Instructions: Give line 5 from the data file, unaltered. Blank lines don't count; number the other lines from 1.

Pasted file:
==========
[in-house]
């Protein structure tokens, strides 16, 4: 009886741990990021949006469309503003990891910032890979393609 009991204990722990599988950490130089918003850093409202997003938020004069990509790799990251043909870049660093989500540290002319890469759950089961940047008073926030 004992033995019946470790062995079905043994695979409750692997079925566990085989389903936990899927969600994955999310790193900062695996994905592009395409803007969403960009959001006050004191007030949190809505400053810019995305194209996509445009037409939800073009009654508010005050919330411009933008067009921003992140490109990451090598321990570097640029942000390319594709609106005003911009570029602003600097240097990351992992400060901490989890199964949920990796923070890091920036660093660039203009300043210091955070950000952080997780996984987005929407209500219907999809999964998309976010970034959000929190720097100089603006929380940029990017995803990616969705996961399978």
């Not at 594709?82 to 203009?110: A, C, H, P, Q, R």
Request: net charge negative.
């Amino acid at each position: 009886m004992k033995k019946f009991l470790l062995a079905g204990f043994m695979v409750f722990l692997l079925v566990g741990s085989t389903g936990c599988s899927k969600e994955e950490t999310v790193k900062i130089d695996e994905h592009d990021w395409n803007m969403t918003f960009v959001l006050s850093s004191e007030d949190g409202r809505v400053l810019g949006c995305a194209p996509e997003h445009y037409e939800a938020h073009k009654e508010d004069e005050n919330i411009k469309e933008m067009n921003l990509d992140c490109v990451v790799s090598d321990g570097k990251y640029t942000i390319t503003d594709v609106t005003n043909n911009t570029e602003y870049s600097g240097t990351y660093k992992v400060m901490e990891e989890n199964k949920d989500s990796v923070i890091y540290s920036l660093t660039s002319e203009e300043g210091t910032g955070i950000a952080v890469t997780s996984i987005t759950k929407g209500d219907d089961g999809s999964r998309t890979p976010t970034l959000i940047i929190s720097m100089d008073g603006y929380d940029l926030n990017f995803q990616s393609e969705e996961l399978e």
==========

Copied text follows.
């Amino acid at each position: 009886m004992k033995k019946f009991l470790l062995a079905g204990f043994m695979v409750f722990l692997l079925v566990g741990s085989t389903g936990c599988s899927k969600e994955e950490t999310v790193k900062i130089d695996e994905h592009d990021w395409n803007m969403t918003f960009v959001l006050s850093s004191e007030d949190g409202r809505v400053l810019g949006c995305a194209p996509e997003h445009y037409e939800a938020h073009k009654e508010d004069e005050n919330i411009k469309e933008m067009n921003l990509d992140c490109v990451v790799s090598d321990g570097k990251y640029t942000i390319t503003d594709v609106t005003n043909n911009t570029e602003y870049s600097g240097t990351y660093k992992v400060m901490e990891e989890n199964k949920d989500s990796v923070i890091y540290s920036l660093t660039s002319e203009e300043g210091t910032g955070i950000a952080v890469t997780s996984i987005t759950k929407g209500d219907d089961g999809s999964r998309t890979p976010t970034l959000i940047i929190s720097m100089d008073g603006y929380d940029l926030n990017f995803q990616s393609e969705e996961l399978e």